Above: Large wildfires (red) in Kansas as detected by a satellite at about 1 p.m. MST March 6, 2017.
(UPDATED at 5:43 p.m. MST March 6, 2017)
Below is an updated map showing growth of some of the fires in Kansas, especially the one 17 miles southeast of Meade, Kansas that burned from Oklahoma into the state. That one, using very rough satellite data, appears to be more than 130,000 acres.
There was a report, as yet unconfirmed, that in Kansas a tornado moved over a going fire.
(Originally published at 4:17 p.m. MST March 6, 2017)
Strong winds along with relative humidities in the teens and twenties are causing problems for firefighters in the western half of Kansas. The passage of a cold front is bringing sustained wind speeds of 30 to 40 mph with maximum gusts in the 40’s and 50’s.
On the map above we identified and very roughly mapped four of the largest fires. The acreages shown are estimates based on satellite detections of heat at about 1 p.m. MST on Monday. One of them has burned from Oklahoma into Kansas.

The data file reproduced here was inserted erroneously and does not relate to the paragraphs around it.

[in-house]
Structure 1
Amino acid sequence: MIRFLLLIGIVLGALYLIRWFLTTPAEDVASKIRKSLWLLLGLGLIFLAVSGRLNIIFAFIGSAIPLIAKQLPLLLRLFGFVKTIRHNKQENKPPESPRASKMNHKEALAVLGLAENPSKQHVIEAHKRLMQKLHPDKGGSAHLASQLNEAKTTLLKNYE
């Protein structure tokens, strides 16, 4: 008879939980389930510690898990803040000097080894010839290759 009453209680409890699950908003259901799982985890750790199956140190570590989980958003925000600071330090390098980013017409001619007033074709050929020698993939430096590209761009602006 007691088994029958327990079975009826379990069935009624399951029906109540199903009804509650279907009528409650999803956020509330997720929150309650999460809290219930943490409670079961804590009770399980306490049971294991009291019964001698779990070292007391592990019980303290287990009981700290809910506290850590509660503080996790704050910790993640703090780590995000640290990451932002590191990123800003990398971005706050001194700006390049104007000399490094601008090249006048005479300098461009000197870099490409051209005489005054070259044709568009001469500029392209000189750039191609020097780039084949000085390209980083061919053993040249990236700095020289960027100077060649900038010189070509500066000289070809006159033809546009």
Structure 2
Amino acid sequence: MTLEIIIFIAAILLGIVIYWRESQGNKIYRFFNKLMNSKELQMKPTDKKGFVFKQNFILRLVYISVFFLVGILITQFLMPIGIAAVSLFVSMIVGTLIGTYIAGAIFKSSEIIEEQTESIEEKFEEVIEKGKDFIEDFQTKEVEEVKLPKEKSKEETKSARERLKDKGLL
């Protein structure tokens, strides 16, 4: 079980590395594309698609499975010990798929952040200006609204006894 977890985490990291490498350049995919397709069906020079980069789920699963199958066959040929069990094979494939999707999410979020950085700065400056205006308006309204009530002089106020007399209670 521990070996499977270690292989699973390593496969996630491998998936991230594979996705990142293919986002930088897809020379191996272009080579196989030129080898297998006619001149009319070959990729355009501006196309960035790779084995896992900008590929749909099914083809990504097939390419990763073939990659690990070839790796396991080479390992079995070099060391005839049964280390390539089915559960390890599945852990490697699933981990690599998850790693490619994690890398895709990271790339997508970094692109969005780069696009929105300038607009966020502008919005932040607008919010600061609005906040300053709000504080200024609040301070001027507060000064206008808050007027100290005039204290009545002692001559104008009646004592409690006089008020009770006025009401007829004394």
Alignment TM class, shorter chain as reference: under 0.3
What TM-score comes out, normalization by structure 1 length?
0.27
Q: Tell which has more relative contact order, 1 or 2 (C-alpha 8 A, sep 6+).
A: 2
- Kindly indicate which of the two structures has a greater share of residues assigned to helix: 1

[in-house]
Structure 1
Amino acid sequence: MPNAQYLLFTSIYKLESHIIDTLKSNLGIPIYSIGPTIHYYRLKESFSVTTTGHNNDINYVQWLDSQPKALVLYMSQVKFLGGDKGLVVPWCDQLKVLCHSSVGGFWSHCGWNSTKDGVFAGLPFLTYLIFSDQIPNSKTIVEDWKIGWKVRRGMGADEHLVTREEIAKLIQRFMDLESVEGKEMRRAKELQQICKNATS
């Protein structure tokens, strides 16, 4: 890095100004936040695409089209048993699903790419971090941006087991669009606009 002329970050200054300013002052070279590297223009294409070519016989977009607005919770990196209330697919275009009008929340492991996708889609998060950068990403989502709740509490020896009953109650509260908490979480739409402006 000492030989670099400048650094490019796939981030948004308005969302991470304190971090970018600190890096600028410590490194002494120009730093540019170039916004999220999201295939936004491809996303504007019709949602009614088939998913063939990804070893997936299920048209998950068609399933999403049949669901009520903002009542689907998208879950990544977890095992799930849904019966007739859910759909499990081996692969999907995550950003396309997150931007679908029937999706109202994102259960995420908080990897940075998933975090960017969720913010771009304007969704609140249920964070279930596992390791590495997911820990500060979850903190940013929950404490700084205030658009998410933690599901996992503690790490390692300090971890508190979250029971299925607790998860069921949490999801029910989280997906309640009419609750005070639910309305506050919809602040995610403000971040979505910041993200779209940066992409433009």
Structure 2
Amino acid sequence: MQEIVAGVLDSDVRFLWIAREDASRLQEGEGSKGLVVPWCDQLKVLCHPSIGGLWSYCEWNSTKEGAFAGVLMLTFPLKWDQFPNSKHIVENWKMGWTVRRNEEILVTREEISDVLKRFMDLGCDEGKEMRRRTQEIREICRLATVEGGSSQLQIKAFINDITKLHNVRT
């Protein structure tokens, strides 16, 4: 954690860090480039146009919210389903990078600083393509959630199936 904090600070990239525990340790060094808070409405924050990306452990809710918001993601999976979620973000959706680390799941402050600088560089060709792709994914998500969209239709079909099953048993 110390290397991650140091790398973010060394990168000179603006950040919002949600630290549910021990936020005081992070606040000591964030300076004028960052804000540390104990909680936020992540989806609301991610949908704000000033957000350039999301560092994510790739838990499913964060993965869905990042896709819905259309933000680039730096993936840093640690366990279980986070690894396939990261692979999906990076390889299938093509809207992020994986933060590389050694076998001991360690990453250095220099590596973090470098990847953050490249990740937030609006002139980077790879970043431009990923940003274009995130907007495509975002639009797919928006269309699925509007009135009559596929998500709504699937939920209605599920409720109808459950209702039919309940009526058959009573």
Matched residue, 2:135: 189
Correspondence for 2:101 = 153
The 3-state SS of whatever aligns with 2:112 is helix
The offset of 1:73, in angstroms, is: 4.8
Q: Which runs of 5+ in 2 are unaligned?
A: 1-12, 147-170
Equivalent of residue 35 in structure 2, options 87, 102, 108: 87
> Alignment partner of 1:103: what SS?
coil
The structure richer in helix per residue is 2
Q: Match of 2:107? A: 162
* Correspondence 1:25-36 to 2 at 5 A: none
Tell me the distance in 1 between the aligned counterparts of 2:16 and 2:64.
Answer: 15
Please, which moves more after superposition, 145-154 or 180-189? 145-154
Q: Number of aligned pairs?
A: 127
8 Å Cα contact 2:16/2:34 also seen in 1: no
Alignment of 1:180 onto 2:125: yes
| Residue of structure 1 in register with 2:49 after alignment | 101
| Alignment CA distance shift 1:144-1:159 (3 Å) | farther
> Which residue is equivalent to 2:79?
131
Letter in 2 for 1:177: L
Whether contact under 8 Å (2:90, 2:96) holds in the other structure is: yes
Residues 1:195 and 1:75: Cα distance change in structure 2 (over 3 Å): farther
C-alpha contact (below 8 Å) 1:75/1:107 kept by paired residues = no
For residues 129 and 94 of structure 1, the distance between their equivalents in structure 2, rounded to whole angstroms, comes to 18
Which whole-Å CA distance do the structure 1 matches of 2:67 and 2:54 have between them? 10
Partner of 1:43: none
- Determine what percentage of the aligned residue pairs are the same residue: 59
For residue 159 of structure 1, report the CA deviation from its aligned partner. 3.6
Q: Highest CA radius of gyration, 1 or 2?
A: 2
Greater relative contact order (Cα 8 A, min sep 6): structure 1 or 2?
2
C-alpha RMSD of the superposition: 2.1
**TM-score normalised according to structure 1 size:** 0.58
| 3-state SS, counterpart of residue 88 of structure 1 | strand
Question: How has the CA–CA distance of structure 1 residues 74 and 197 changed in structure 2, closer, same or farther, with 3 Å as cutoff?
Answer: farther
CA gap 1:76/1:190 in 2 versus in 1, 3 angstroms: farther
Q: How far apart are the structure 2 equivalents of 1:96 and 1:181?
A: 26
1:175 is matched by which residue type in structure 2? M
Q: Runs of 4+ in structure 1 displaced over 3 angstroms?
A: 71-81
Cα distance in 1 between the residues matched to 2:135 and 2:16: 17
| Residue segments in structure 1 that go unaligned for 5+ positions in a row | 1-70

- 53,000 acres; 17 miles southeast of Meade, Kansas. It is in Meade and Beaver Counties in Kansas, and Clark County in Oklahoma.
- 6,500 acres; in Clark County 23 miles east of Meade, Kansas.
- 7,000 acres; in Lane County Kansas 10 miles southeast of Dighton, Kansas.
- 4,000 acres; in Rooks County Kansas just southwest of Stockton, Kansas. Residents in part of the city have been ordered to evacuate.
A fire in Logan County in the northeast corner of Colorado has burned 6,000 acres 20 miles northeast of Sterling.
Before the cold front passed the fires were driven by a southwest wind (see the animated radar map below). As the front passes the wind is shifting 90 degrees to come out of the northwest. This could be a very, VERY dangerous situation for firefighters on the south side of the fires, as the right flank turns into the head of the fire.
— Katie Western (@KatieTheWXLady) March 6, 2017
— Chip Redmond (@wx_chip) March 6, 2017